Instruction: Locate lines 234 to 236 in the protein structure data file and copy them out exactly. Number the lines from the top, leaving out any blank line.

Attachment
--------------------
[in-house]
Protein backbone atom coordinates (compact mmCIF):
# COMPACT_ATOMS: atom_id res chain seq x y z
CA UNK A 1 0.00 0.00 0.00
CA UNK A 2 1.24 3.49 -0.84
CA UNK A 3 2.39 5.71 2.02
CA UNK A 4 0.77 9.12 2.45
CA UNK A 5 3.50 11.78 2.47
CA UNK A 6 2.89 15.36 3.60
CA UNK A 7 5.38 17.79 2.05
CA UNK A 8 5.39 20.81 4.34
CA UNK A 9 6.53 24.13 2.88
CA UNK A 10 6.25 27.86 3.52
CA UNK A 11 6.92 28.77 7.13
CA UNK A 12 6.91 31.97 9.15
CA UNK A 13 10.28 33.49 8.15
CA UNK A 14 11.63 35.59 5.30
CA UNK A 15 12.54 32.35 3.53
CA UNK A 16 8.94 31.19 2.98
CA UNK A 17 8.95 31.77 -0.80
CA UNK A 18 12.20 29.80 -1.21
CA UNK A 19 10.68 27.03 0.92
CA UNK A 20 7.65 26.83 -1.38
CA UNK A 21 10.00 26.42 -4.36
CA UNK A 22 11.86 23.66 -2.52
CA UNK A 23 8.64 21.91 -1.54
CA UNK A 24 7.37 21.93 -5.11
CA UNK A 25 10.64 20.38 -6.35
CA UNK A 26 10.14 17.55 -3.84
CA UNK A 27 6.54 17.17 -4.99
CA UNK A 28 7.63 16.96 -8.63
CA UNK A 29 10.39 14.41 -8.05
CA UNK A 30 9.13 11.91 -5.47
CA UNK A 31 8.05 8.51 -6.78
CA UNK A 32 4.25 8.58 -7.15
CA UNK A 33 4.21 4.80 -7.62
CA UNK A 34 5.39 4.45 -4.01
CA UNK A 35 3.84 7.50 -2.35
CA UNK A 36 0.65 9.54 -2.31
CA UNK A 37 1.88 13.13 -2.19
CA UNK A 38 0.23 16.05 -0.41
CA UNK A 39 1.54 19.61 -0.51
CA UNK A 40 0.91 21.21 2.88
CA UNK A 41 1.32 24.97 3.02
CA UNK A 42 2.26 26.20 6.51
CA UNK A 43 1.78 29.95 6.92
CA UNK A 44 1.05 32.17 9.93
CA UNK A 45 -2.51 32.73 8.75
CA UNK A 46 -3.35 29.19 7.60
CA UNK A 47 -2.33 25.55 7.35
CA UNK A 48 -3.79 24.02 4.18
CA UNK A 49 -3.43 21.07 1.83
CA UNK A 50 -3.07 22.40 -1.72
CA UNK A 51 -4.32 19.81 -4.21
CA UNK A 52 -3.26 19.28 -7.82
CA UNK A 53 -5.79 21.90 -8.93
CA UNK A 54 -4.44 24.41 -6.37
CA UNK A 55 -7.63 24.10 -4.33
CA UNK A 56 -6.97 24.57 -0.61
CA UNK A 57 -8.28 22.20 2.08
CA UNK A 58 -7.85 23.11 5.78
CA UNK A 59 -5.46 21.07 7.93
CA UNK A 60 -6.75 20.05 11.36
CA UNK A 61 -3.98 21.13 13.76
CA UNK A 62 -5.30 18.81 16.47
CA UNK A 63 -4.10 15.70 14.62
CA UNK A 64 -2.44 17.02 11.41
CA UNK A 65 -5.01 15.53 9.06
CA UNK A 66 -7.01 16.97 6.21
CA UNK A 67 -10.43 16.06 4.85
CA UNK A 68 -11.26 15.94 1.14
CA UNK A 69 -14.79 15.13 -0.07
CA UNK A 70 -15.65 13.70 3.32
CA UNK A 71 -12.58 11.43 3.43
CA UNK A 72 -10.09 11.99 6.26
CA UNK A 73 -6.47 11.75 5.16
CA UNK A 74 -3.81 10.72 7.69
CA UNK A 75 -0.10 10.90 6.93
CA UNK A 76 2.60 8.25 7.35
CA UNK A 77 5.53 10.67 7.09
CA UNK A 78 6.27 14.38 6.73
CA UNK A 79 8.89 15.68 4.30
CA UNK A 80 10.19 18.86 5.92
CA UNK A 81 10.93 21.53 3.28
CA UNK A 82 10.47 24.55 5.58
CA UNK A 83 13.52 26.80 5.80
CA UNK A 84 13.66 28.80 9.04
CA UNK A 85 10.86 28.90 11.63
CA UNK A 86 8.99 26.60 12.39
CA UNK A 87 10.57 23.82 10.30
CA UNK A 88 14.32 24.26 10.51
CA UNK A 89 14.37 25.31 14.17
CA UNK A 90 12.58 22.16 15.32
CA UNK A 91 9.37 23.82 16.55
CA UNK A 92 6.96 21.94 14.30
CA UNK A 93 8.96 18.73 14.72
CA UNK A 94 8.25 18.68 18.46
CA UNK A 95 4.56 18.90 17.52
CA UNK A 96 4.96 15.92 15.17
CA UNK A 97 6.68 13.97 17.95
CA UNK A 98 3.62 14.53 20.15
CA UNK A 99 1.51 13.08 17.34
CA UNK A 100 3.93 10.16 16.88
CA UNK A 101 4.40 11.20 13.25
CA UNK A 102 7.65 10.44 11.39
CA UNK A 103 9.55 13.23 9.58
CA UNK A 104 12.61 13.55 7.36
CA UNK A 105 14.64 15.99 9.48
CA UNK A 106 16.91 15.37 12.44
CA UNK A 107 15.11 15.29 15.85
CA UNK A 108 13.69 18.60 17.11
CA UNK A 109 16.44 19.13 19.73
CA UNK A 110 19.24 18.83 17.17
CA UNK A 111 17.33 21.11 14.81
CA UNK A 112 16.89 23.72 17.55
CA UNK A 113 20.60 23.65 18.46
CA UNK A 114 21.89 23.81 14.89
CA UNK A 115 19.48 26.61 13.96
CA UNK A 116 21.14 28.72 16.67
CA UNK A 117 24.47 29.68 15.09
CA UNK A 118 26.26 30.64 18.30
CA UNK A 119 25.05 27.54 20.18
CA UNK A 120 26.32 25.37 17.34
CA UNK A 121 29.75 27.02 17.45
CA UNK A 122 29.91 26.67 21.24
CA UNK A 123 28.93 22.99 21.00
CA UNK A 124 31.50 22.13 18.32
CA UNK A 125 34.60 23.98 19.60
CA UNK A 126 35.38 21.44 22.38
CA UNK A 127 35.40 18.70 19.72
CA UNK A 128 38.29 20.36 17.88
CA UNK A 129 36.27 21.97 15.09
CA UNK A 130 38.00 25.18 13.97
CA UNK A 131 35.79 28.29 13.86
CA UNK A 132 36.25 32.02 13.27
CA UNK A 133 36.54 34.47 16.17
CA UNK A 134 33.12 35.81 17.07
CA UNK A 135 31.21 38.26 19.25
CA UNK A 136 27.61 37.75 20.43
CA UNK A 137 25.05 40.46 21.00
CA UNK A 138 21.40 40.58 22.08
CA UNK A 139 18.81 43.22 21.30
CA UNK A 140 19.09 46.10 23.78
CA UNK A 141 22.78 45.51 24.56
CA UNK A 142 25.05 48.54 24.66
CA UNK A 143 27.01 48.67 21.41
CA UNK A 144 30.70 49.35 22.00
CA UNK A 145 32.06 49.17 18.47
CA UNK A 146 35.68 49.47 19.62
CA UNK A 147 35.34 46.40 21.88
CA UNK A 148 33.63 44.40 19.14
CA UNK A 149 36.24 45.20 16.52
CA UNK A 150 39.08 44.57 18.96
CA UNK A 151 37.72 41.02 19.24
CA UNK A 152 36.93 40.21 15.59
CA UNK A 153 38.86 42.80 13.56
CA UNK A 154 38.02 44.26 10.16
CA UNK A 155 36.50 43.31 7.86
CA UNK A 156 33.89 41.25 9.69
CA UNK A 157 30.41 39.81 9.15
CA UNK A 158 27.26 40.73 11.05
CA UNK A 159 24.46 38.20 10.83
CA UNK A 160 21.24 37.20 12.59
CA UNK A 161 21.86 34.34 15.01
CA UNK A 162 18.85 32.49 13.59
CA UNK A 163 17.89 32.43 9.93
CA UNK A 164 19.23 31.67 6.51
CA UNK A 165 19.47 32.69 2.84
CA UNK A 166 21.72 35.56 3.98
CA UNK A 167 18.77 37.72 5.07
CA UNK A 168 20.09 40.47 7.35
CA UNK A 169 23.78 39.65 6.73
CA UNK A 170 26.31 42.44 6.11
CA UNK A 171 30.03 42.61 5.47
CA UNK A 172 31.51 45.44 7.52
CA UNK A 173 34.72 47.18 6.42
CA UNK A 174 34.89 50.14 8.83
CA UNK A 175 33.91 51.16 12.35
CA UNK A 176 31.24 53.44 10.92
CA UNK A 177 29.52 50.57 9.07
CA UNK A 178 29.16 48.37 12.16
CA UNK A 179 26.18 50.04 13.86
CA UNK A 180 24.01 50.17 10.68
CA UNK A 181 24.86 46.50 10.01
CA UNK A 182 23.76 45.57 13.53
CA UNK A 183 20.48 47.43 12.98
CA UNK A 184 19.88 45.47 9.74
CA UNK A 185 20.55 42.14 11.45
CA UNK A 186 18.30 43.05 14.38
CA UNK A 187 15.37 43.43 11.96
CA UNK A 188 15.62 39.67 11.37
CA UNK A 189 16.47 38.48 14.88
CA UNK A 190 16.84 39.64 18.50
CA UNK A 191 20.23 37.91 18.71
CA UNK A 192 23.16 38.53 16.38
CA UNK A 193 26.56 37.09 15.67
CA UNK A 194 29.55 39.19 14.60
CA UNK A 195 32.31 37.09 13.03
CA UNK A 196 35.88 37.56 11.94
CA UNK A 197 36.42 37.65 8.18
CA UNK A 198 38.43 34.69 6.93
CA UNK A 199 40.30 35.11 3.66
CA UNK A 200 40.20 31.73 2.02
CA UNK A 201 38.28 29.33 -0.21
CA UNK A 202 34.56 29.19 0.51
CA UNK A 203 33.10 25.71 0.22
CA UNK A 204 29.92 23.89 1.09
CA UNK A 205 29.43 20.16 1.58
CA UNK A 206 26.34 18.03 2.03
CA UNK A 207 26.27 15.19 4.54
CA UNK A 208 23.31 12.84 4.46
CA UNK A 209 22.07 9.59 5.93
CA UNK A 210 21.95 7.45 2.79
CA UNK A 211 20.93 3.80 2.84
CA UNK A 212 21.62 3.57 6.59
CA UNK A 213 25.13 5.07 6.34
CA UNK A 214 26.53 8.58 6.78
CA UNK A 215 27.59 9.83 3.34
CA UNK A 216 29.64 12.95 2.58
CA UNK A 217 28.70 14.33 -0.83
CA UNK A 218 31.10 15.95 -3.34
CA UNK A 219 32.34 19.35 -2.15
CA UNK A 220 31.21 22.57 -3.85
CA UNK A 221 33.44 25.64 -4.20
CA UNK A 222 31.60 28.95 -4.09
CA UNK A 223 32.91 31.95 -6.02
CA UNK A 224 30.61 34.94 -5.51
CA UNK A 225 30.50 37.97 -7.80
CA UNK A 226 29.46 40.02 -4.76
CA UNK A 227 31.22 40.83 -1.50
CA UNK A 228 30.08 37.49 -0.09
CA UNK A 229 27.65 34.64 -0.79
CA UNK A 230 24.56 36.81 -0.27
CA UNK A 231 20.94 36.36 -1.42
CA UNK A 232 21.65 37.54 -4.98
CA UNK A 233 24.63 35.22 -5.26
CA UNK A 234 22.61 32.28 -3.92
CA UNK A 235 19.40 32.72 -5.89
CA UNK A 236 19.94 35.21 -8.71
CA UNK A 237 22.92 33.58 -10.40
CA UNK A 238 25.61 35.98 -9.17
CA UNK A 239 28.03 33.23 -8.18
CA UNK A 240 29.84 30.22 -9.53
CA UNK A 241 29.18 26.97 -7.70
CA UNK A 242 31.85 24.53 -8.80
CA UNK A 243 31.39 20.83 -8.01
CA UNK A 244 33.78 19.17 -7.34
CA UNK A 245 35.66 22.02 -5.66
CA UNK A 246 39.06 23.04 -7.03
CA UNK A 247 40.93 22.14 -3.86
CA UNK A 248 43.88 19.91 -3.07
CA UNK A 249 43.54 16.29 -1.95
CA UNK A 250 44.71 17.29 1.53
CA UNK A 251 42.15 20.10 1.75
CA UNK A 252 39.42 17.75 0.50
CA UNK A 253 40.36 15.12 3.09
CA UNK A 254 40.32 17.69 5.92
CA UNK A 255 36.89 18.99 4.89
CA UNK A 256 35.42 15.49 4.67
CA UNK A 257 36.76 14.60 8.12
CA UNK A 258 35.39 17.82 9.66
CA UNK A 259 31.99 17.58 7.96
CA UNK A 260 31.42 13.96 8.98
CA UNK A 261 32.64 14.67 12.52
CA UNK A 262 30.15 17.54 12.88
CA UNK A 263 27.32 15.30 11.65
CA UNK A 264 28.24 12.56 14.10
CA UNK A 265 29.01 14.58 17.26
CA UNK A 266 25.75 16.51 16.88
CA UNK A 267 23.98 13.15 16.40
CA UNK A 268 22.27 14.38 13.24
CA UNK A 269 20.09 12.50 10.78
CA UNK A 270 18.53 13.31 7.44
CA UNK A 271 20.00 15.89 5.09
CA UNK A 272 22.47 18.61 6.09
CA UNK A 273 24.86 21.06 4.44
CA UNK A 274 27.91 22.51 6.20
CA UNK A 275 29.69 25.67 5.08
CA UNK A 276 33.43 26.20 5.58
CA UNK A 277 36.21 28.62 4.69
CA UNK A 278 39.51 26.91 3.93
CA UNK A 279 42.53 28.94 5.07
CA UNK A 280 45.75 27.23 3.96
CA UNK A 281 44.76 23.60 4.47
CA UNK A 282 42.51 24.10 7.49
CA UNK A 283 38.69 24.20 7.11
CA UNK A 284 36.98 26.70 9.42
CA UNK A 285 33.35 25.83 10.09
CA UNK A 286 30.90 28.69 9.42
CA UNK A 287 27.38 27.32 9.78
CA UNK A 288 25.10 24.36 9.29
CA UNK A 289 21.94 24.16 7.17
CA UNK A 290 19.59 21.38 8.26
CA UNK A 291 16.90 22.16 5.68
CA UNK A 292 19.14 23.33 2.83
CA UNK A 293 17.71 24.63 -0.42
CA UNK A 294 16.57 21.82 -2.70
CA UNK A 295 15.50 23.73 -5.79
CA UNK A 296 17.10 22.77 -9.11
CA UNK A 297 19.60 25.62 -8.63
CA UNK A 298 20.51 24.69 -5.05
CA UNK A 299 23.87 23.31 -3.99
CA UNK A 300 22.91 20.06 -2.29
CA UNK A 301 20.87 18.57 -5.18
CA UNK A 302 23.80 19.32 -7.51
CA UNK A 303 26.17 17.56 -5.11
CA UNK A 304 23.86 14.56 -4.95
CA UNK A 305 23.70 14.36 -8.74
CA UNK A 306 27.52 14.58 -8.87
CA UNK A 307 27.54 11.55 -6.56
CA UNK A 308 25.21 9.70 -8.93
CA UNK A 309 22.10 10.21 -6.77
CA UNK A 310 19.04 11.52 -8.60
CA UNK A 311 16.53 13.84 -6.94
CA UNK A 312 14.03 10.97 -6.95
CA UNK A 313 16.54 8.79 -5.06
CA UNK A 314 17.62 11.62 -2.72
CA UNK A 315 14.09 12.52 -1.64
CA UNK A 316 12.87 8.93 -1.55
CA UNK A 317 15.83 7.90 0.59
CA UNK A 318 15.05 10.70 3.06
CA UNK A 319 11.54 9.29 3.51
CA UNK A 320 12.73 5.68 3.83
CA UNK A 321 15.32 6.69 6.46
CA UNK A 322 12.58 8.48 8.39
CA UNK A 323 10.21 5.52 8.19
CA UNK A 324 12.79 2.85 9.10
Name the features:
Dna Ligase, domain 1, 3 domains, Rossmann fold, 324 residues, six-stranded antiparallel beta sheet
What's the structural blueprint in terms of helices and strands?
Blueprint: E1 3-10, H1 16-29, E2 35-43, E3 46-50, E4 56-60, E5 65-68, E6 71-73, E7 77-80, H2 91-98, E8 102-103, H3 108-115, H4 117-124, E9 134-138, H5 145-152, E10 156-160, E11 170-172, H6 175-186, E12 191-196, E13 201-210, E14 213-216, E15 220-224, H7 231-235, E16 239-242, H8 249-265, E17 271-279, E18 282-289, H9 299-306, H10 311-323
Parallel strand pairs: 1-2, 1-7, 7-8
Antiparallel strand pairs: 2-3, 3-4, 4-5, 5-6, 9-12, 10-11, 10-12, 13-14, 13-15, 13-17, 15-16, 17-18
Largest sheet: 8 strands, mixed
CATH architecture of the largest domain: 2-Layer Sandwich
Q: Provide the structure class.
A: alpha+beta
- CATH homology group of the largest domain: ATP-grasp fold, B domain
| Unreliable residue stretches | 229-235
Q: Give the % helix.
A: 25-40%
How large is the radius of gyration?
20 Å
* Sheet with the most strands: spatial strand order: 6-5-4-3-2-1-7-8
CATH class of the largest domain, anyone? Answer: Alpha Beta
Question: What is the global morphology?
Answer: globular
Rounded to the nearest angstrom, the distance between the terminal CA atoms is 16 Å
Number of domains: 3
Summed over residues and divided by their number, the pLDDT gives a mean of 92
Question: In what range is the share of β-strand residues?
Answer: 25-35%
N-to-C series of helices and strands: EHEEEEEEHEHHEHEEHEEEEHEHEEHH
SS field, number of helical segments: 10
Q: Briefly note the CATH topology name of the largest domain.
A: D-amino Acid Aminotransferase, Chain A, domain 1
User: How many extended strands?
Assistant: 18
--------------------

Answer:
CA UNK A 231 20.94 36.36 -1.42
CA UNK A 232 21.65 37.54 -4.98
CA UNK A 233 24.63 35.22 -5.26